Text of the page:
Plastic bag bans have become a hotly debated issue in several cities. Yet, many legislators, environmentalists and other bag ban promoters, including those in West Hollywood, have turned a blind eye to the fact that bag bans have been proven to be misguided, ineffective policy. Research demonstrates that plastic bag prohibitions do not pay the environmental dividends promised while they do have resounding negative consequences to the local economy and consumers.
The Los Angeles Times reports that plastic bag bans are designed “to reduce landfill waste;” however, of the three most common bag options, plastic grocery bags take up the least amount of space in landfills because they weigh far less than paper or reusable bags. According to recently published research: “[F]or an equivalent amount of groceries, single-use plastic bags produce 15.5 pounds of waste while paper bags produce nearly 75 pounds of waste.” And contrary to popular belief, paper bags do not biodegrade in landfills. According to research from the United Kingdom’s Environmental Agency, reusable cotton bags must be reused at least 131 times before becoming a ‘greener’ option than plastic grocery bags, but such bags are reused only 52 times on average. And when discarded, they also take up a lot more landfill space than a common plastic bag.
“It’s not the landfill, it’s the litter!” ban proponents might argue. Yet, the city of San Francisco, which approved California's first ban on plastic bags in 2007, conducted litter audits pre- and post-ban, found that while “bag litter is a small portion of total [litter]… [b]ag litter has increased after plastic bag ban.” While recyclable materials including plastic bags should never become part of the litter stream, banning plastic bags is clearly not the solution.
Turning from the broken environmental promises to the negative economic impacts of misguided bag ban legislation, eager ban proponents have also turned a deaf ear to the jobs impact. Los Angeles City Council’s move to ban plastic bags earlier this year was vocally opposed by local employees—there are approximately 2,000 Californians who’ve made their careers in the innovative plastic manufacturing and recycling industry. While the City Council acknowledged that their actions put local jobs at risk, the voices of Hollywood stars endorsing the ban simply out-shined this, perhaps less glamorous, constituency.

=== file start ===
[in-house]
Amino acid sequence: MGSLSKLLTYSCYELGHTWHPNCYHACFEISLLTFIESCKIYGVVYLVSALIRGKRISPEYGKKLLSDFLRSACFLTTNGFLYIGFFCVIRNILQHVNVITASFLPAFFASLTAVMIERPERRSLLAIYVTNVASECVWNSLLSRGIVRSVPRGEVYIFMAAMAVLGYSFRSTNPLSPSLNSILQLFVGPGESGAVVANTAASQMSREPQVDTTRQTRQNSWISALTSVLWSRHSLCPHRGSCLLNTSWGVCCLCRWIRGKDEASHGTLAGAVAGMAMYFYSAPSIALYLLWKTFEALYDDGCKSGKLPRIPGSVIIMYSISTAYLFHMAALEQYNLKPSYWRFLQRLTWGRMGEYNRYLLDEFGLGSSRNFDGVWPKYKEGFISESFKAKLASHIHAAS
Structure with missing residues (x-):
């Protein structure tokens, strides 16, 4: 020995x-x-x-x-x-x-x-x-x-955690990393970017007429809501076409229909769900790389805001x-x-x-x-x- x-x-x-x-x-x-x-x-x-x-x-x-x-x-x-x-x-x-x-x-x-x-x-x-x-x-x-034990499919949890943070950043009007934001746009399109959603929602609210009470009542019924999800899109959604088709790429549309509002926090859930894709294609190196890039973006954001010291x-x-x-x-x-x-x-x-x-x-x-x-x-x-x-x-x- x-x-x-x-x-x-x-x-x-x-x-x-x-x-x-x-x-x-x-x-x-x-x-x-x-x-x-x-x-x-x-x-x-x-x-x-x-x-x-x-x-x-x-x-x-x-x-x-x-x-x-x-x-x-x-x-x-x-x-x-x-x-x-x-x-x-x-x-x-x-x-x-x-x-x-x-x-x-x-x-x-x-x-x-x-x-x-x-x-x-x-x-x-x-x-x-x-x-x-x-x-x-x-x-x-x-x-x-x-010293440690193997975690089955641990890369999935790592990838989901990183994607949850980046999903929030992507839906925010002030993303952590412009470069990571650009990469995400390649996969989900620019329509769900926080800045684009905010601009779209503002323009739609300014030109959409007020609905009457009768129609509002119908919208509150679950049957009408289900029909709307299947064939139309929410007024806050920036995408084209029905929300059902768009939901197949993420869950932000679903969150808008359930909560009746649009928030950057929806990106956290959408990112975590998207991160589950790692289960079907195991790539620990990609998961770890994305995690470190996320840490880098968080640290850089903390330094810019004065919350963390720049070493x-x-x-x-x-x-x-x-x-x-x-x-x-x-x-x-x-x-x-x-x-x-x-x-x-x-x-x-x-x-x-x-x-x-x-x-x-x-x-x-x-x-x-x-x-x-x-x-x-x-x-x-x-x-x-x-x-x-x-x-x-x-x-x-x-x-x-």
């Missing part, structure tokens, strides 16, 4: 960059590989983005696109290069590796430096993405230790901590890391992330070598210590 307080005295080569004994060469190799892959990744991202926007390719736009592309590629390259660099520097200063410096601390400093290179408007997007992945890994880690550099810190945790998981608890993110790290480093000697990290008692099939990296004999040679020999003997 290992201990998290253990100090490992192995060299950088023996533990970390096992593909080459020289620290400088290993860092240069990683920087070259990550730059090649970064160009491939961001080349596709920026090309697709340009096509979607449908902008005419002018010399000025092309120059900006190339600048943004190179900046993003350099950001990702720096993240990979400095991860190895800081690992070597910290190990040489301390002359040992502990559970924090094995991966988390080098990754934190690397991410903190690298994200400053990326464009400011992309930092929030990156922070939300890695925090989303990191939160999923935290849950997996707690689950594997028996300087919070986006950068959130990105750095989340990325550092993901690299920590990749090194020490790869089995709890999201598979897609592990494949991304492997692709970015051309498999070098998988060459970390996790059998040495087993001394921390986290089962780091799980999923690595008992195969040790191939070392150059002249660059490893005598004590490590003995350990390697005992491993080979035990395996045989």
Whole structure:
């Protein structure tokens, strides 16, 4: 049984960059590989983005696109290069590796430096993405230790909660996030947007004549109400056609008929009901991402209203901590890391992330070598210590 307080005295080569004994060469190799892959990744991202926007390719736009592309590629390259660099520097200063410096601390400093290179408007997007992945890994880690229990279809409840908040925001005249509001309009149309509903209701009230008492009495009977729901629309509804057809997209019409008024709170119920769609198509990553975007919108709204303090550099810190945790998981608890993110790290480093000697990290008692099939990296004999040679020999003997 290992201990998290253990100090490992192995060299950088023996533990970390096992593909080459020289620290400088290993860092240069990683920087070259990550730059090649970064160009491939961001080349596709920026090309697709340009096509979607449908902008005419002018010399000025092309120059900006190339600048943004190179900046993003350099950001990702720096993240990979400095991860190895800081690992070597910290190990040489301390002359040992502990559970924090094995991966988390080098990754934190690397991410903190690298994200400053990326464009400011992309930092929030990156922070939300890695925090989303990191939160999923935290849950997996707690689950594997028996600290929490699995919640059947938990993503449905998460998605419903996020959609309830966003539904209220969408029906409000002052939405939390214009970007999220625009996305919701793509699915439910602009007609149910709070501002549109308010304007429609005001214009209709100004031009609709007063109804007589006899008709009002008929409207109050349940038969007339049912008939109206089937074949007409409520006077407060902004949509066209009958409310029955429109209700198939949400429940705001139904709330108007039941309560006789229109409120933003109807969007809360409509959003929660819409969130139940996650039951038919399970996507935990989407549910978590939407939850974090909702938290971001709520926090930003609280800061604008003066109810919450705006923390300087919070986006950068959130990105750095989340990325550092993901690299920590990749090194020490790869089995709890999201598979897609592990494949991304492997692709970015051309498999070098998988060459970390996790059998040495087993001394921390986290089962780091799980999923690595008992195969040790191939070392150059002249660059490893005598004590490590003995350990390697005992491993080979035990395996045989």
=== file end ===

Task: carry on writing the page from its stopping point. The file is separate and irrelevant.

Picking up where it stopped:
Since the Los Angeles County ban has taken effect, the National Center for Policy Analysis has determined that the negative economic consequences reached even beyond those directly employed by the bag manufacturing and recycling industry. In fact, as a result of shifting consumer behaviors related to the ban “[s]tores inside the ban area reduced their employment by more than 10 percent.”
Policymakers would do better to look at the facts: Plastic bags are American made and 100% recyclable. According to a recent report, 91 to 93 percent of the U.S. population has access to plastic bag recycling through curbside collection or close proximity to a drop-off facility. Plastic bag recycling rates are on the rise. Rather than ban a product that is actually better for the environment than the alternatives, we can and should work together to keep plastic in the recycling steam without harming our economy or risking the jobs of the more than 30,000 hardworking Americans employed by the innovative plastic bag manufacturing and recycling industry.
Phil Rozenski is the Director of Sustainability and Marketing for Hilex Poly, a leading provider of packaging solutions that are focused on reducing environmental impact, have excellent quality, and provide superior service, as well as owner of the world's largest plastic bag recycling facility.